Judy Dailey grew up on an eighty-acre organic farm in Indiana. Now she lives on a twelve-hundred square-foot urban farm in Seattle with her husband, a dog and four chickens. A graduate of Bryn Mawr College, she has an MBA from the University of Washington.
Judy has been a pilot, skydiver, spelunker, bicyclist, hiker, skier, night-time sailor and fisherman. She has managed a multi-million dollar grant program. But her greatest challenge remains the gray garden slug.
Her award-winning novel (winner of the 2011 Claymore Dagger Award at Killer Nashville), Animal, Vegetable, Murder, is her first traditional mystery. It’s due in April 2013 from Five Star/Cengage.
Crested Butte Writers’ Conference by Judy Dailey
conferences in Crested Butte, Colorado. Here’s why it’s special.
1) Only 70 participants, including 10 agents and editors. I could chat informally with people I hoped to query. Some of the agents/editors are experienced hands (like the editor from Tor/Forge), others are new and acquiring authors.
2) The conference is focused on commercial fiction (including mystery writers like me), and many of the attendees have a long list of published books. I discovered great writers new to me, in genres I never thought I’d try, and bought a dozen books during the conference.
3) The contest is humane. Readers select the top three finalists in each category. Then the finalists get to revise their submission based on the readers’ comments before the final judging. What an incredible learning experience.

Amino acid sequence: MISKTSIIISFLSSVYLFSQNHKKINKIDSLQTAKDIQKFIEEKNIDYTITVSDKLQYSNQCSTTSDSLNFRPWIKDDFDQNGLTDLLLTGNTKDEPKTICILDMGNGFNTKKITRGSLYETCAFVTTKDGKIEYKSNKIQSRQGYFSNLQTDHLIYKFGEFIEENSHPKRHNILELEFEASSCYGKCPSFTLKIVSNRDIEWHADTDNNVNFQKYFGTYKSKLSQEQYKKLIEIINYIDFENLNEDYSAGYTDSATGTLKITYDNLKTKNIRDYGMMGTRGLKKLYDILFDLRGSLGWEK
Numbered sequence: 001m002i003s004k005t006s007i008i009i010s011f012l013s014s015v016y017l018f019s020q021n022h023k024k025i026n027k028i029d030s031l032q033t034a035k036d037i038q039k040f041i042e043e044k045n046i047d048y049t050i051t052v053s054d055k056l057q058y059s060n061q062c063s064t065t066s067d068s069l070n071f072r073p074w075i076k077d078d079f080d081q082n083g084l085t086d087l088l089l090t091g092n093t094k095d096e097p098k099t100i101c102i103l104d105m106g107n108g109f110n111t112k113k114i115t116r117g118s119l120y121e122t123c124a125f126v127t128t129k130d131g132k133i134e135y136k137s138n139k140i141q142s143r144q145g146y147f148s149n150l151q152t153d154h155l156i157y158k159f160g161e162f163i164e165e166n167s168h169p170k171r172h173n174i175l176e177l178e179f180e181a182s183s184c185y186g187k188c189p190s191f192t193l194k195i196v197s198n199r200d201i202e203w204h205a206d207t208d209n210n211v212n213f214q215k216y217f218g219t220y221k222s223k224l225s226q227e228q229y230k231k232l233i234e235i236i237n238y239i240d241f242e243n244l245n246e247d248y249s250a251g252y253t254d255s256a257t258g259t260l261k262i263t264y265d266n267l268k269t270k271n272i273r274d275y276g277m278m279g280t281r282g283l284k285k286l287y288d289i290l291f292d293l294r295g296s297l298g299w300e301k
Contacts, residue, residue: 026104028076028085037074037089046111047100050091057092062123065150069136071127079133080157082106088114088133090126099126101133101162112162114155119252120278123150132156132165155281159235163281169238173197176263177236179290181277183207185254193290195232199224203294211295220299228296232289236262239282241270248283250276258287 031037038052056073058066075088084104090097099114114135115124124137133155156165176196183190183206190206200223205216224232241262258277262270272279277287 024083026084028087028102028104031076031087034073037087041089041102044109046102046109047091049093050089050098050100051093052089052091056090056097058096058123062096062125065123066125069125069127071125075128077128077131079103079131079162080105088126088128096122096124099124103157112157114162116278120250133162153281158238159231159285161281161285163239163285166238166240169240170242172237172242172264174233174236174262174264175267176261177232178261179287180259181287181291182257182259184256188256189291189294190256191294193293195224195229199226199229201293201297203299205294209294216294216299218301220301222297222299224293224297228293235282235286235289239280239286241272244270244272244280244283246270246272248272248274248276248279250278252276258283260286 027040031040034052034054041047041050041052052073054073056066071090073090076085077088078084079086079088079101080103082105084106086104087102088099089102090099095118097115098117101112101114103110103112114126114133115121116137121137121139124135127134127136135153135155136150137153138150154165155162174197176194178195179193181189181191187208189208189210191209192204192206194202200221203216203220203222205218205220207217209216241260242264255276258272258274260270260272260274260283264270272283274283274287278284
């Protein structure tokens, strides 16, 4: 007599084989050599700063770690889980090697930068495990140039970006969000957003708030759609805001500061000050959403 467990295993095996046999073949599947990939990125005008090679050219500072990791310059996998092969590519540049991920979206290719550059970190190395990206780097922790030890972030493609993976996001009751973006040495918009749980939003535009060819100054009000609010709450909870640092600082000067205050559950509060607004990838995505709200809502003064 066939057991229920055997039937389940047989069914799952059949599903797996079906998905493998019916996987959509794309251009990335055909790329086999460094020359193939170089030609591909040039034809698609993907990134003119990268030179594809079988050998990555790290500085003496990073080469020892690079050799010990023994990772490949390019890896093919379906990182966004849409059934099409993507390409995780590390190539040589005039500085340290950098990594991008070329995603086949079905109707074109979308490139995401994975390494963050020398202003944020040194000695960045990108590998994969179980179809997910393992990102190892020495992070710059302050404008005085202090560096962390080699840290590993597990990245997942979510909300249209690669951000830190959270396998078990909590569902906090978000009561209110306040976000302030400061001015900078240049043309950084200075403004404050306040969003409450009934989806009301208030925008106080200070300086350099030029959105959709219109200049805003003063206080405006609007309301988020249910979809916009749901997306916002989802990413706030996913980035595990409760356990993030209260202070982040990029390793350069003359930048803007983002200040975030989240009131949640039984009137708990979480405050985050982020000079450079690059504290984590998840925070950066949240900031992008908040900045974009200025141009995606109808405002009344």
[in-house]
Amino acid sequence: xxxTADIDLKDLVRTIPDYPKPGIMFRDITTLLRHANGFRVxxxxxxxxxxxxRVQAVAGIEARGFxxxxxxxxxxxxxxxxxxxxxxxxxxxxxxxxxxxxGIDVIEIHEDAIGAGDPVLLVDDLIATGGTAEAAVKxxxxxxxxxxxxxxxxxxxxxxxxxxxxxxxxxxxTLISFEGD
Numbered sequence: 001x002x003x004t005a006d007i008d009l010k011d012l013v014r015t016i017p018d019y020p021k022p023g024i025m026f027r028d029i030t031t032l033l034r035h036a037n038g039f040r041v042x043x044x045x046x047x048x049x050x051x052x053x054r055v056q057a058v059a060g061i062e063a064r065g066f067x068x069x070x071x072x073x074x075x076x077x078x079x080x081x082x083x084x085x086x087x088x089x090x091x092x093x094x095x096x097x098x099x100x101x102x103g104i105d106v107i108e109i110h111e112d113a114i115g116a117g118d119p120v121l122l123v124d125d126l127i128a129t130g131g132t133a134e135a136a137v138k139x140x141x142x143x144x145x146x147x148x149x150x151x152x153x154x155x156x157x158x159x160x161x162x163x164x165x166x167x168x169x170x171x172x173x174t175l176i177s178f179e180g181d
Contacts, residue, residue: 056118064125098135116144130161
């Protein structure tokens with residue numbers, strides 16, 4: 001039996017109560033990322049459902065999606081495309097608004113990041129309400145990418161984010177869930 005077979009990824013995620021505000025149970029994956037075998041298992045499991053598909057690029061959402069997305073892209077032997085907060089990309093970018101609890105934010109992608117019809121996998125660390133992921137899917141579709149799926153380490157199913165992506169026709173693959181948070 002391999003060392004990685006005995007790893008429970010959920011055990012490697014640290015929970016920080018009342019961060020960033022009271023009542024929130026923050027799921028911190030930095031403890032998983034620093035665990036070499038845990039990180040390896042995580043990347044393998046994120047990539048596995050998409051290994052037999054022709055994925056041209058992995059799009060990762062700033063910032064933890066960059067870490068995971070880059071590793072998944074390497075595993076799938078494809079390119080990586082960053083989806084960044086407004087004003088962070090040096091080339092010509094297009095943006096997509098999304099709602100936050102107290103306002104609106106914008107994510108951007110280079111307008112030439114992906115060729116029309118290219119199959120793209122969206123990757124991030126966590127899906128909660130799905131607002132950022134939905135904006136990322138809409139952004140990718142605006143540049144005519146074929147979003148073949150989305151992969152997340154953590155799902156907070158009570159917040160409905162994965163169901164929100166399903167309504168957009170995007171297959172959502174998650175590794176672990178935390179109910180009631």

4) Besides hearing inspiring and prolific writers (Brad Parks, Hank Phillippi Ryan) I took Master Classes, submitting 10 pages of my work in progress plus a 2-page synopsis. Then 5-8 other writers, plus an agent, critiqued my submission. I learned so much. I participate in a weekly critique group in Seattle, so the process wasn’t new. But having fresh eyes on my WIP was wonderful. I came home reinvigorated and inspired.
5) Attendees have a chance to read for 3 minutes from their work in an informal gathering. I loved reading my stuff, and I really loved hearing other authors.
6) Pitch. This year, attendees had a chance to submit a one-paragraph pitch and the first page of their manuscript. Agents and editors read the pitches and asked to chat with authors whose work interested them. I had an agent request my whole manuscript! Plus another agent requested 50 pages.
7) The conference planners are incredibly friendly. Plus they are writers, too.
No conference is perfect. What are the drawbacks to Crested Butte?
1) 9,000 feet! If you are susceptible to altitude sickness, talk to your doctor. This year I took a prescription medication that solved my problem.
2) Getting there. I planned to drive with my old husband and our old dog in our old VW van. The van gave up the ghost at the last minute, and my cheapest alternative was to fly to Denver and drive 5 hours. One plane a day lands in the nearest airport, Gunnison, and a shuttle runs from Gunnison to the village of Crested Butte. Once you’re in Crested Butte, a free bus runs every 20 minutes to the hotel where the conference is held. Next year, I hope for a virtual ride-share board for folks driving from Denver.
3) The conference hotel is not cheap. I stayed in a hostel in a dorm room with 5 other women and very clean bathrooms. Great fun, but next time I’ll bring ear plugs and a sleeping mask.
Bottom line: Highly recommended.
Judy, thanks so much for this report on the Crested Butte Conference. I hope to attend that one someday, but we're getting so many wonderful conferences taking place in Colorado and surrounding states that it's often hard to choose.
For more information about Judy, her forthcoming mystery from Five Star, and her interest in urban farming, check out her website/blog Animal, Vegetable, Murder: An Urban Farm Mystery. There's a monthly book drawing if you sign up for Judy's e-mail list. She can also be found on Facebook and Twitter.